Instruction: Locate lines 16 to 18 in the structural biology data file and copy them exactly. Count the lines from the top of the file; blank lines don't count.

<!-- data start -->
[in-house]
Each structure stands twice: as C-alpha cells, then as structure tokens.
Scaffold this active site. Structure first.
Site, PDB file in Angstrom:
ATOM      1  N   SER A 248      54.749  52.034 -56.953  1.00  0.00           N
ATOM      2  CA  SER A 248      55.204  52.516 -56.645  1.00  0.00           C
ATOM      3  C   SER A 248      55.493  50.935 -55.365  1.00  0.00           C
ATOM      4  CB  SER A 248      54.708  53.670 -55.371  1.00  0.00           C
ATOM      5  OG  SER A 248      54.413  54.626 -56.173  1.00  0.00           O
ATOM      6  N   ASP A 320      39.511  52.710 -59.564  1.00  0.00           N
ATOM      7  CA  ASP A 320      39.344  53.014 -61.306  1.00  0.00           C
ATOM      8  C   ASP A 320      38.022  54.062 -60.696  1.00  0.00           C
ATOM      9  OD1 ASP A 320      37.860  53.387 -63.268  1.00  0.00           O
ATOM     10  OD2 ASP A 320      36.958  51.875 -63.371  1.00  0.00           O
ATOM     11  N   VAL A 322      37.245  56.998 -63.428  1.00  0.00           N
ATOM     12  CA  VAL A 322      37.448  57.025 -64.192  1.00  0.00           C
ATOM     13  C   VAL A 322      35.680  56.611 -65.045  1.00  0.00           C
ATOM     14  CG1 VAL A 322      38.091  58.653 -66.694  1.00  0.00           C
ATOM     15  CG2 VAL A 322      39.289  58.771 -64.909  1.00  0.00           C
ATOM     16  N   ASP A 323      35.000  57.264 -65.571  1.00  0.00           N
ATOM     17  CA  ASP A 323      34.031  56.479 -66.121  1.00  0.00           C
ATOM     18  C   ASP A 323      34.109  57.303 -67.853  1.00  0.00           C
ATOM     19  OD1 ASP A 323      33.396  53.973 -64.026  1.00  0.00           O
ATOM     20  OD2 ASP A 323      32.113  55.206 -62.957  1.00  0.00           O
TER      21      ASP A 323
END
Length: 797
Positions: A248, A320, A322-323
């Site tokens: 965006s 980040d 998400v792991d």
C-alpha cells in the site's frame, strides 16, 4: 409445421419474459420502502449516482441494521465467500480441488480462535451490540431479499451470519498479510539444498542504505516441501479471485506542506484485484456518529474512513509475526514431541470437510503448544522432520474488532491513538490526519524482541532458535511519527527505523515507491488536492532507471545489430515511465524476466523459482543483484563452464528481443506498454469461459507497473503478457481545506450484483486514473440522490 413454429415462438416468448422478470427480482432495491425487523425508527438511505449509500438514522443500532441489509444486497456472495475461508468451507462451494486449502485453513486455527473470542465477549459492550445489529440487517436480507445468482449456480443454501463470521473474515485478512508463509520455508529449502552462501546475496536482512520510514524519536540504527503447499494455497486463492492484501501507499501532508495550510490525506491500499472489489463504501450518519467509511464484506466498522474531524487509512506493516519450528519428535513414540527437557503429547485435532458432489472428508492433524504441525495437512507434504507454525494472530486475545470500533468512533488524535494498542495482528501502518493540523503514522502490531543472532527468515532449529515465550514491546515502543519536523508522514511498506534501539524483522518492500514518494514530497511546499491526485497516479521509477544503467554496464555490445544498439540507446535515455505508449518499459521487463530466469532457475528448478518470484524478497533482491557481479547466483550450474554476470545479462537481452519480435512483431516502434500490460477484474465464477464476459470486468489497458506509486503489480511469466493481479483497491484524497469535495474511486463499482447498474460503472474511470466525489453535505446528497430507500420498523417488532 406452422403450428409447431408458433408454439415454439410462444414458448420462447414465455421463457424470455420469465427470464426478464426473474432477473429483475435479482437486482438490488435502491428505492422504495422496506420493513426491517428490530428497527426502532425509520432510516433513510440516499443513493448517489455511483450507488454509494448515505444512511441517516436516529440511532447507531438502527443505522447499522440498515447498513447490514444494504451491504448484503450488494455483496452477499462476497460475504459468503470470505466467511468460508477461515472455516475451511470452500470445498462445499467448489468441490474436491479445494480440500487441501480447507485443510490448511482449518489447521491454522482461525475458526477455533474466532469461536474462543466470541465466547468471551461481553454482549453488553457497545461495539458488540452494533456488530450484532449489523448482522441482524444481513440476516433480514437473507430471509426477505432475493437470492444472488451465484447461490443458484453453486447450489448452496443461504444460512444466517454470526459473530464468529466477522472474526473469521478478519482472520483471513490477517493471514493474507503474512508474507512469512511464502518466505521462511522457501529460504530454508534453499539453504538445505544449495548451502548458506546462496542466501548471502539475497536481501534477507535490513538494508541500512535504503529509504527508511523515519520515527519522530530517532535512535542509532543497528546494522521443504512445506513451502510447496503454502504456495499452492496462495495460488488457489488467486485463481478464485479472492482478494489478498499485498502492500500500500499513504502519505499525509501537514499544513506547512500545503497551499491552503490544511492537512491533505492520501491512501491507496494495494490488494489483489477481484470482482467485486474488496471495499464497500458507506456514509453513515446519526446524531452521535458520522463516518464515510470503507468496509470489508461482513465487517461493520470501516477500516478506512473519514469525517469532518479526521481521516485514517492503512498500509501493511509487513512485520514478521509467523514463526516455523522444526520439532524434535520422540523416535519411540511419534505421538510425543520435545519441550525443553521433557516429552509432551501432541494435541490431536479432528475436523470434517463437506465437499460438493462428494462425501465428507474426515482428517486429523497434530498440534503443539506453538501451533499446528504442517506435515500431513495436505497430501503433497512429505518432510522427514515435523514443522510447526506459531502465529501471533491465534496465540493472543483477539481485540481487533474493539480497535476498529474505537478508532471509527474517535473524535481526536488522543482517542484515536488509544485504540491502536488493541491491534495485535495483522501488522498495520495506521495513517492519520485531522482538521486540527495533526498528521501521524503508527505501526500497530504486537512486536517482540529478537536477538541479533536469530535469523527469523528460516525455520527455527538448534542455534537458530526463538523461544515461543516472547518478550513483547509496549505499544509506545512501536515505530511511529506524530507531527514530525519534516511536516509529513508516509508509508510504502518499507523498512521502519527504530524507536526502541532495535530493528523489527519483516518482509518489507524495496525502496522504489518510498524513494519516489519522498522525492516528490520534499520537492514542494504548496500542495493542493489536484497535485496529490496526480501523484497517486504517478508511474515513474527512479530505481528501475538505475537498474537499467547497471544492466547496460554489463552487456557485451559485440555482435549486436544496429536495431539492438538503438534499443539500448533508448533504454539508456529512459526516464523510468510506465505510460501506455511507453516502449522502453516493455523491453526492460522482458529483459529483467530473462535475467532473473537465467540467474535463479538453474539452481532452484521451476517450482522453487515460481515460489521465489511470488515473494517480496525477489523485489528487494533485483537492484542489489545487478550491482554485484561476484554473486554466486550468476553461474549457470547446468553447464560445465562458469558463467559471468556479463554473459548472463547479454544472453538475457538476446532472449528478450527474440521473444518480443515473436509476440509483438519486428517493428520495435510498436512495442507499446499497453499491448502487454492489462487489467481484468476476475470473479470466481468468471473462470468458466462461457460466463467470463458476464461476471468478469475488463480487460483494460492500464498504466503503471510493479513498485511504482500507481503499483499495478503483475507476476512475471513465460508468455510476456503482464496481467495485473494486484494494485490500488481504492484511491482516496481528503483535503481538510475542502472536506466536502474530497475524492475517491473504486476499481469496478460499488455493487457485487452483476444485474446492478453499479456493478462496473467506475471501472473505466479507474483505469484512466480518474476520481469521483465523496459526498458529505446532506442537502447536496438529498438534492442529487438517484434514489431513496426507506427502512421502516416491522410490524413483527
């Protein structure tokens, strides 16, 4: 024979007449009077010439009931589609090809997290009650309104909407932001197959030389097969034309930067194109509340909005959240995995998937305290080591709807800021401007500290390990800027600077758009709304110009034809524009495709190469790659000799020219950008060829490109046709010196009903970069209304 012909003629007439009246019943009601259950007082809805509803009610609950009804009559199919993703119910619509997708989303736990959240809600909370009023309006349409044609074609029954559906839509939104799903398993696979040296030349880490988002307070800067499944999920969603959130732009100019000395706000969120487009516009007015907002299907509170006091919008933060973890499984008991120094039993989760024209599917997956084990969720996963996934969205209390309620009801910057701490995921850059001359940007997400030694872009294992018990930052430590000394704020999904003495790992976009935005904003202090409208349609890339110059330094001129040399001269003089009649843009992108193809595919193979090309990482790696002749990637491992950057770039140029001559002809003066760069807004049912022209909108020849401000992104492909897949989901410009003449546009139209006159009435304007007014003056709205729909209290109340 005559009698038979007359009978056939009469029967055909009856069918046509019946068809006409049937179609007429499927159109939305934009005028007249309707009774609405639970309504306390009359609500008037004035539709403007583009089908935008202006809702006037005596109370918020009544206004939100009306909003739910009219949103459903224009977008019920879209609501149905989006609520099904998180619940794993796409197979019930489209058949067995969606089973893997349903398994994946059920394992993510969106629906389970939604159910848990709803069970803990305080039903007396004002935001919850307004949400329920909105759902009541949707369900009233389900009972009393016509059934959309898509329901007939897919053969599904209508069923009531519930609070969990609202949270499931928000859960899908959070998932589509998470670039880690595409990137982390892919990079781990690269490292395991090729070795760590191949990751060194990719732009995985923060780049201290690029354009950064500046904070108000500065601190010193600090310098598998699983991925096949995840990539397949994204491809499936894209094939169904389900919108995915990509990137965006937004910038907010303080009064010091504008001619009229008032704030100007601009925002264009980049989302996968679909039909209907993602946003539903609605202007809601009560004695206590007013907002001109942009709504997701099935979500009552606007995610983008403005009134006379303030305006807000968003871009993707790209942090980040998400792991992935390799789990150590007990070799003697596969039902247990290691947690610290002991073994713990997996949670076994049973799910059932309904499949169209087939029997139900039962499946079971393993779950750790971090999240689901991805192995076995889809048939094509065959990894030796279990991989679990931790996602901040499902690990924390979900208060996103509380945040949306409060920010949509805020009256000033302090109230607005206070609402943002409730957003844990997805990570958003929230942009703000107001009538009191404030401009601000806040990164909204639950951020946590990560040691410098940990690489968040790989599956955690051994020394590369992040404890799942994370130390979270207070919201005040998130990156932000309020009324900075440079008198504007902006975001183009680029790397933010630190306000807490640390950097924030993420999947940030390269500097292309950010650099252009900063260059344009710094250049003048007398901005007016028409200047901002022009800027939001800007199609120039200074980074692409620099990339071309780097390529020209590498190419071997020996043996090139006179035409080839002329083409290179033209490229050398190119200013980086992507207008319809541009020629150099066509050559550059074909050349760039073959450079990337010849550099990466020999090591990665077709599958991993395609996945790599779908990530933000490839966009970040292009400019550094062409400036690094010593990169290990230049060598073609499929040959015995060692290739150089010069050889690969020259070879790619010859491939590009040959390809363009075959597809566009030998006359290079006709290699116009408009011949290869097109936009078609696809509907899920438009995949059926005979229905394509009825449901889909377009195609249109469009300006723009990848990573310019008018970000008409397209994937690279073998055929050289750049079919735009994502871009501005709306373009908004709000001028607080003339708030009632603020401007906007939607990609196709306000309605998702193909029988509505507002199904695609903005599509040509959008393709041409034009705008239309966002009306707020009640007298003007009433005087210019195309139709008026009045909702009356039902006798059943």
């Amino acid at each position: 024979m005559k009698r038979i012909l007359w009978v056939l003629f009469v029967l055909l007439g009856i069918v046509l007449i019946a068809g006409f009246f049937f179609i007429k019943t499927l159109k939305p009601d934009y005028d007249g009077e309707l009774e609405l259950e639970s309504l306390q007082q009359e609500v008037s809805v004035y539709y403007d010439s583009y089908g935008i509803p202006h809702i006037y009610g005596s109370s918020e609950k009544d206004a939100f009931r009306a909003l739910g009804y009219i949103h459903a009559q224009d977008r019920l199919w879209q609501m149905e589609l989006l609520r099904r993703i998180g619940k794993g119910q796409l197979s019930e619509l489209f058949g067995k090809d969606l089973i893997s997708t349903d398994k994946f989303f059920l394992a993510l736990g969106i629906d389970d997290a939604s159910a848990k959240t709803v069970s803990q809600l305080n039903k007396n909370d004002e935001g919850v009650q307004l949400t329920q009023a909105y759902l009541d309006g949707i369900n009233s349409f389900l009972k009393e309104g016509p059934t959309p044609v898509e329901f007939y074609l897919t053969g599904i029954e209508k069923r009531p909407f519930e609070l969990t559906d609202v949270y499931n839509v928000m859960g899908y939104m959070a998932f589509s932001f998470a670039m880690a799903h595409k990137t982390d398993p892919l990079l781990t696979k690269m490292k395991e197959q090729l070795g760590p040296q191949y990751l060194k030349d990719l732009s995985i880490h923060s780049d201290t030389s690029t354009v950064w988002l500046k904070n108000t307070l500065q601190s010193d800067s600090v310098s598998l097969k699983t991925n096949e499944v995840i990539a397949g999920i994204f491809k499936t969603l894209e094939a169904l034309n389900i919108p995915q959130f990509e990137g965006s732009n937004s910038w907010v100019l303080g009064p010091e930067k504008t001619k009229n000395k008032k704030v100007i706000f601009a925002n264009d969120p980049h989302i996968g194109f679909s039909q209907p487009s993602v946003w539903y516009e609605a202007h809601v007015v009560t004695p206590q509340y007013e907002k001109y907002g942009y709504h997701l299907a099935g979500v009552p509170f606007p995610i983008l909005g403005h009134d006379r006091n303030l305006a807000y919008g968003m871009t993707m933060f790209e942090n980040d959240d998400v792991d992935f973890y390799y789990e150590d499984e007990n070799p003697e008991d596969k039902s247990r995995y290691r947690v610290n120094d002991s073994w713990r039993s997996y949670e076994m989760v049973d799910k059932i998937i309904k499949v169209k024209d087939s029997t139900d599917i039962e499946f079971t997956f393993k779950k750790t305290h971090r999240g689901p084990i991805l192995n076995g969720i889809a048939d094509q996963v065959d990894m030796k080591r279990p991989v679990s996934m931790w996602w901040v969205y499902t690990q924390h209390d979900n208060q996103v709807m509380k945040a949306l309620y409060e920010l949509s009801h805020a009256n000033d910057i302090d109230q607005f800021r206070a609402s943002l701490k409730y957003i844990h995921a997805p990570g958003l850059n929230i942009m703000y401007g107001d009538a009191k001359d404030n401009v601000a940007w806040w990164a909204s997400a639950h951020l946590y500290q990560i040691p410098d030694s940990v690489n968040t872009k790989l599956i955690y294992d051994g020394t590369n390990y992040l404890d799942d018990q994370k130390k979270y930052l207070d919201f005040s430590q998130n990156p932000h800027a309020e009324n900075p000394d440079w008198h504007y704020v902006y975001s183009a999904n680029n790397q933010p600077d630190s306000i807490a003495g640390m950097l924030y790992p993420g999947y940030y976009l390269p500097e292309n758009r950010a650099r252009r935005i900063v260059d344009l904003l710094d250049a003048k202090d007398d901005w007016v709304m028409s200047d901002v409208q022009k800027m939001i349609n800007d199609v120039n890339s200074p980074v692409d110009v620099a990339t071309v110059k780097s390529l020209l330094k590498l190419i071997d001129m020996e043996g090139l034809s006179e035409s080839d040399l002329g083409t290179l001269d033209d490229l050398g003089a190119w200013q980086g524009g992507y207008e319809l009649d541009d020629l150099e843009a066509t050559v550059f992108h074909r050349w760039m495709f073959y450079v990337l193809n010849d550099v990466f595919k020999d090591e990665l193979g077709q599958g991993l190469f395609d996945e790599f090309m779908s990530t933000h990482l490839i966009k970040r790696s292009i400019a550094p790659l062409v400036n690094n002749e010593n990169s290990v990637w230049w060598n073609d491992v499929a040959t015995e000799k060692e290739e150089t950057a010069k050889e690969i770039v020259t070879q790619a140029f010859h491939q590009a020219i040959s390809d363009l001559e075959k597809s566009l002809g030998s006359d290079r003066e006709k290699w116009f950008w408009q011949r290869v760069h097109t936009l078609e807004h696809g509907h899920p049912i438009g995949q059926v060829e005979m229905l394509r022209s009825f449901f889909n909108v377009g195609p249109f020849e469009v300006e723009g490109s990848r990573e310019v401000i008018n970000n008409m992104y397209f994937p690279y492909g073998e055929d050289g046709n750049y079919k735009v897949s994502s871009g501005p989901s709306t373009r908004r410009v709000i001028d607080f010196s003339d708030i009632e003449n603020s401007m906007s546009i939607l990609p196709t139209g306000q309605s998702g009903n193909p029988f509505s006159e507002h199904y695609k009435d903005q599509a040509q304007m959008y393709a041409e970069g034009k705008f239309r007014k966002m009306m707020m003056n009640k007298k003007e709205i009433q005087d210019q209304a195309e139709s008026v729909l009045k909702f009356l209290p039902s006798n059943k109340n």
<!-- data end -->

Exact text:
ATOM     12  CA  VAL A 322      37.448  57.025 -64.192  1.00  0.00           C
ATOM     13  C   VAL A 322      35.680  56.611 -65.045  1.00  0.00           C
ATOM     14  CG1 VAL A 322      38.091  58.653 -66.694  1.00  0.00           C